7 Holiday Stress Busters I Love

Take a long, deep breath… Allow your eyes to close… Relax…

Okay, ready?

IT’S THE HOLIDAYS!!!

YOU’VE GOT TO SHOP, BAKE, WRAP, HIDE, MAIL, INVITE, ATTEND AND DRIVE EVERYWHERE IN CRAZY TRAFFIC!!

Rick Green, ADHD

Okay, take another long, deep breath… No? Not helping? Jaw clenched?  You’re not alone.

A study by America’s Highbush Blueberry Council found almost a third of Americans describe the holiday season as ‘frantic.’

I know what you’re thinking, “What the heck is the Highbush Blueberry Council and why haven’t I been invited to any of their big live events?” Actually, the New York Post published the article about this study, but I couldn’t find it on the Blueberry folks website.  I assume it’s there somewhere.

If you need more proof the holidays are stressful, a quick Google Search will turn up hundreds, here’s one from Harvard.

I could offer a detailed explanation of what the results are but since a picture is worth a thousand words, the basic conclusion of these and other studies is that the holiday season can be….

Why do We get so Stressed?

What’s driving this anxiety?  It is the age we live in?  Is it our age?

When I was younger my only stressor during the holiday was how many gifts I’d get, how much food there would be, how many chocolates could I consume, and why did I have to call grandma and thank her for the pair of socks, since that was the one lousy gift I got?

For adults, the ‘holiday season’ is a blur of deadlines and events from Thanksgiving to Chinese New Year.  Throw in a couple birthdays for all the Sagittarians and Capricorns you know, office parties, family gatherings, church events, school concerts…

Sorry.  Take three deep breaths…

That’s better.

A Holiday from Holidays?

Why can’t we just enjoy attending parties and hosting parties and decorating the house and office, while helping at the kids school, shopping for gifts, hostess gifts, cards, ugly sweaters, wine, beer, more wine, trees, candles, and decorations in the crowded stores at the noisy malls where the overflowing parking lot means a parking space near the entrance can trigger an OK Corral shootout?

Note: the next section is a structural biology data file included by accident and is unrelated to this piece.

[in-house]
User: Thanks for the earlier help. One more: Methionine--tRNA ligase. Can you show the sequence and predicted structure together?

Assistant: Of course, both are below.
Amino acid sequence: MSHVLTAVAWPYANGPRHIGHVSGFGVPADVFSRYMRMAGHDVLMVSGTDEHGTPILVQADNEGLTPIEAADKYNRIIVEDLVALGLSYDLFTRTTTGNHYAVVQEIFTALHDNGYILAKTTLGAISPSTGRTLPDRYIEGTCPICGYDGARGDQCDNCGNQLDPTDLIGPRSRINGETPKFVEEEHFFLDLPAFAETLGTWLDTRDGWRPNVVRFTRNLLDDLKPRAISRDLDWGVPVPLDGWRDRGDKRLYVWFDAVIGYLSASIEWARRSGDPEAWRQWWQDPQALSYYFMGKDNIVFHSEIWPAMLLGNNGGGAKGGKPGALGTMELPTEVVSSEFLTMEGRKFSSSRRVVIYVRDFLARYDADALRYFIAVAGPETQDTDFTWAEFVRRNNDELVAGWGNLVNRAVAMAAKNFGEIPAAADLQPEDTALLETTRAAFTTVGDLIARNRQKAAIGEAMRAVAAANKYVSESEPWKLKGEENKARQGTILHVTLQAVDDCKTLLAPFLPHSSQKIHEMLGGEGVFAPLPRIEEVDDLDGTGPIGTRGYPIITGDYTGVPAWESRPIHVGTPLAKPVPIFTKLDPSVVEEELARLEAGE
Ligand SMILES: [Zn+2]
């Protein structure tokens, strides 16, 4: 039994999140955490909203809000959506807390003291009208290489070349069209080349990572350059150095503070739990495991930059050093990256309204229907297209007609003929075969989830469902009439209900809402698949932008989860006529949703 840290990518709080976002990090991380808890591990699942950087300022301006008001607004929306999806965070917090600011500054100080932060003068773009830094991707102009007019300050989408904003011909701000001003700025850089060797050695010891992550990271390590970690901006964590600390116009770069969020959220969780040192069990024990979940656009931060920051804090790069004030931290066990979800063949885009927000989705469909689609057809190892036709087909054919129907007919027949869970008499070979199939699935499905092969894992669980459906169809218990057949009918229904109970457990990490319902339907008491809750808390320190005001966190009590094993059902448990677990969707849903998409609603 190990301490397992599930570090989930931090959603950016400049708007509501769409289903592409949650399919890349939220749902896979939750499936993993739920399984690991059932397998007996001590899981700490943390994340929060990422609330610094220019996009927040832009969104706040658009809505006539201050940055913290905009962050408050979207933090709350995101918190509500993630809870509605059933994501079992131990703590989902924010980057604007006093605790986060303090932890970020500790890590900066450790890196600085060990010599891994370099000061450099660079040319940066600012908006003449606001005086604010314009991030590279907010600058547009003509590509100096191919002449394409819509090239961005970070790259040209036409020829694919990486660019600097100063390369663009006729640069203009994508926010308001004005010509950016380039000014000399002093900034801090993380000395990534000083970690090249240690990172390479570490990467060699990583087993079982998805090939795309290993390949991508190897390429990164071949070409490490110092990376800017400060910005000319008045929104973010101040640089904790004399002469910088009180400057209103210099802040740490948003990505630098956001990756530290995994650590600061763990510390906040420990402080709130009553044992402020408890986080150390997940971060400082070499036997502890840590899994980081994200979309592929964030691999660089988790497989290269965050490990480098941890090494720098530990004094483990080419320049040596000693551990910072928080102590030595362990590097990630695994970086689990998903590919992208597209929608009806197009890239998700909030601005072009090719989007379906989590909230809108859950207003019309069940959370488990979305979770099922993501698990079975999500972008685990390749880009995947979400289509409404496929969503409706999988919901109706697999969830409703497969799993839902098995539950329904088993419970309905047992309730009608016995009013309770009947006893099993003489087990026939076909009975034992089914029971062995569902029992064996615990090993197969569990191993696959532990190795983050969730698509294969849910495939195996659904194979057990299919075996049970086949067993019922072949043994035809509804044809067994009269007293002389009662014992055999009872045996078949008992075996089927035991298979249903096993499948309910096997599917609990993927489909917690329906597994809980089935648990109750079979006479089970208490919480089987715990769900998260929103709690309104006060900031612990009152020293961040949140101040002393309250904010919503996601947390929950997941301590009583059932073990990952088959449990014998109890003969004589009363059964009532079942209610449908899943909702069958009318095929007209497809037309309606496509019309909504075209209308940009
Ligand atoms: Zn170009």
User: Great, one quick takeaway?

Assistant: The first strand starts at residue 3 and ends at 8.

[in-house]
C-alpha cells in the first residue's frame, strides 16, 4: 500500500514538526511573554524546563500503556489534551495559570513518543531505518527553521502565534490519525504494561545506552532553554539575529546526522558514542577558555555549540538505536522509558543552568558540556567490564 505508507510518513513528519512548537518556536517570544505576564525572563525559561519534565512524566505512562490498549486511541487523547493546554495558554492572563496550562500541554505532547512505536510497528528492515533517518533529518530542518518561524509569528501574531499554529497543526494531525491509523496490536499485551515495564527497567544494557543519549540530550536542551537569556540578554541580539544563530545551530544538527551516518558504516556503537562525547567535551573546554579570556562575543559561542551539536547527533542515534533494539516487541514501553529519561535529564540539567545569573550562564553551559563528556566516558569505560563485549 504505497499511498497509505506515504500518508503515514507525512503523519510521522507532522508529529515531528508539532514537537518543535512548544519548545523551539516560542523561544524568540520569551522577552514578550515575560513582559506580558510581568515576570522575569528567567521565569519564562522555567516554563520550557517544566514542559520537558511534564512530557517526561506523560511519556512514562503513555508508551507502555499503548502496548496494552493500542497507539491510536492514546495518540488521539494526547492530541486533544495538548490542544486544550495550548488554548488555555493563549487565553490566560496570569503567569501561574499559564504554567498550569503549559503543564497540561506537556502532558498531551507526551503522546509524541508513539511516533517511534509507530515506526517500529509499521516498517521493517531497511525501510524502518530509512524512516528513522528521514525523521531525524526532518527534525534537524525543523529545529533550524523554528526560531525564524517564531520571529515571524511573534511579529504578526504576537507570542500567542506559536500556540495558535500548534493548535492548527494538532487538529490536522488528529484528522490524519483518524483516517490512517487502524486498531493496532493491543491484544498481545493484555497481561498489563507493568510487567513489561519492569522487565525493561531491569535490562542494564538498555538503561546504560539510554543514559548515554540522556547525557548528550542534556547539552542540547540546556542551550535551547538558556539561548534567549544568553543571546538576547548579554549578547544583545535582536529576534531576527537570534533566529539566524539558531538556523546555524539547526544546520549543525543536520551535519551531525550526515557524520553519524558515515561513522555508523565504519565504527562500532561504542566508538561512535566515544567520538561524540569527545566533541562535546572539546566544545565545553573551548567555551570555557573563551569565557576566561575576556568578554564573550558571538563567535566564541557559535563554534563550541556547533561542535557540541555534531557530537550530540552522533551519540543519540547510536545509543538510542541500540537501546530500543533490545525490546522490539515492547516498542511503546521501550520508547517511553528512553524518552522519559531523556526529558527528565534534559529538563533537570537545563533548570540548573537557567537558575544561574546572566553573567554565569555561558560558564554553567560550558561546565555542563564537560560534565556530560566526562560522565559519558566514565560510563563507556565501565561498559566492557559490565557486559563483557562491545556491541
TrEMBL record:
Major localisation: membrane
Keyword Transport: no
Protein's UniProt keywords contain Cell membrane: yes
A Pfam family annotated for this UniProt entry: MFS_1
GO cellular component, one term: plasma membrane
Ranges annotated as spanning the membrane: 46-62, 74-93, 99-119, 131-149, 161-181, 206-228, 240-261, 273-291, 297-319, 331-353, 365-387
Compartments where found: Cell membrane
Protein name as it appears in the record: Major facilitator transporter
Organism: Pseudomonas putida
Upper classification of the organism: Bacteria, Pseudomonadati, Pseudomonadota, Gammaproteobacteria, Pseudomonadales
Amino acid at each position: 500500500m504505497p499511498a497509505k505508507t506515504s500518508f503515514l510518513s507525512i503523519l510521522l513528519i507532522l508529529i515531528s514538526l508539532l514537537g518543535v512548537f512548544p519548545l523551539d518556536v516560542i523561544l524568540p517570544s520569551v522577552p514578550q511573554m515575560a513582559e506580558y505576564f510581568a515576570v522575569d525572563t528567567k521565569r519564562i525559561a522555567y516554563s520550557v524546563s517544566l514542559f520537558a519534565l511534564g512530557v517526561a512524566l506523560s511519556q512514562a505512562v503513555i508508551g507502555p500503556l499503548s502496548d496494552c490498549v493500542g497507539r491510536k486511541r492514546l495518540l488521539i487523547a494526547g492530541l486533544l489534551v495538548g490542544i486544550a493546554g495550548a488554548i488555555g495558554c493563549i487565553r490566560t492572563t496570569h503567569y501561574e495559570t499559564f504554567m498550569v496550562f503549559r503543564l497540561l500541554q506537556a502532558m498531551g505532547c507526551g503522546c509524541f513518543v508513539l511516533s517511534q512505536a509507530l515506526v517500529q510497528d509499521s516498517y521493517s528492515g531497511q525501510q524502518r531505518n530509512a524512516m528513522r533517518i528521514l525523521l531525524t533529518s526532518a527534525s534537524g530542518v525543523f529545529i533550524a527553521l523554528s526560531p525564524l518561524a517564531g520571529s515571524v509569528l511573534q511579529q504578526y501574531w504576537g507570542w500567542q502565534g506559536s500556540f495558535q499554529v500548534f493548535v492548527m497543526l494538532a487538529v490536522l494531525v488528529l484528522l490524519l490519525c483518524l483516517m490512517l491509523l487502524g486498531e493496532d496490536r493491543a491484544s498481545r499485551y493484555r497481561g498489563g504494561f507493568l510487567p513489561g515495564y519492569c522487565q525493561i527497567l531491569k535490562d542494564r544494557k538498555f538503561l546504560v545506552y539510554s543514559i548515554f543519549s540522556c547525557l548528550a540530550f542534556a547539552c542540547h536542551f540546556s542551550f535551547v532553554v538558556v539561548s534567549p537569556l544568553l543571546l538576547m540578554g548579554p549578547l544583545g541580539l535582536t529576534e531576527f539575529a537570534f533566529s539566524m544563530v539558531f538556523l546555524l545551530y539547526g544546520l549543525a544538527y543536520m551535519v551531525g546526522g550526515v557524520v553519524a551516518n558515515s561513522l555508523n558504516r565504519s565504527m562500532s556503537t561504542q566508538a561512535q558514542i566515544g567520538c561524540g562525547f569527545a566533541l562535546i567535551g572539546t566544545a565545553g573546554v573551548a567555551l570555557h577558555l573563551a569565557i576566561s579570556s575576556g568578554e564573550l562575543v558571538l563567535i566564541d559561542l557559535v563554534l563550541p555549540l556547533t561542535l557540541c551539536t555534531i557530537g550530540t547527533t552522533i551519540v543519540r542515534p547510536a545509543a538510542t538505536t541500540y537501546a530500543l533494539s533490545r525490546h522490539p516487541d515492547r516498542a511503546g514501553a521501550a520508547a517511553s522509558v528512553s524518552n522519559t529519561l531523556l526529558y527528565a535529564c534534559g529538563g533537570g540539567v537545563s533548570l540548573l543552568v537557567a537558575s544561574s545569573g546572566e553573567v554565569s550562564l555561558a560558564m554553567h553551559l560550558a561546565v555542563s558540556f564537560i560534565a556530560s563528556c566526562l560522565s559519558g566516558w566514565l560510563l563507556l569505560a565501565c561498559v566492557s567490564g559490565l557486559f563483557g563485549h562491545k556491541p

Okay, I think I answered my own question.

But who doesn’t enjoy seeing friends and family, planning holiday dinners so ‘she’ doesn’t sit next to ‘her,’ and figuring out who is vegan, who’s allergic to what, and how do you tell  you-know-who not to bring their three dogs?

Oh, and don’t forgot to put up lights, trim trees, cover your lawn or balcony with inflatable Santas, Menorahs, a giant turkey, or Nativity scene.  Plus enough lights to decorate the roof of a planetarium.

And do get flu shot and then get the flu anyway.

Remember, the Holidays are a Time to…

…lay back, let go, and enjoy the snowy landscape as you wait for someone to come by and find you lying concussed on the icy sidewalk.

And while you’re sprawled there, enjoying that sudden wave of warmth that Arctic explorers know is the sign of impending death, here are some things to consider, some modest suggestions on how reduce the wear and tear of ‘the happiest time of the year.’

My wife suggested I share some suggestions we find reduce the anxiety and pressure during the 12 days of Christmas, Chanukah, Kwanza, Chinese New Year, Islamic New Year, Diwali, Bhodi Day, Pancha Ganapati, Yalda, Koliada, and for my wife and I, our wedding anniversary.

Seven Stress-Busters We Love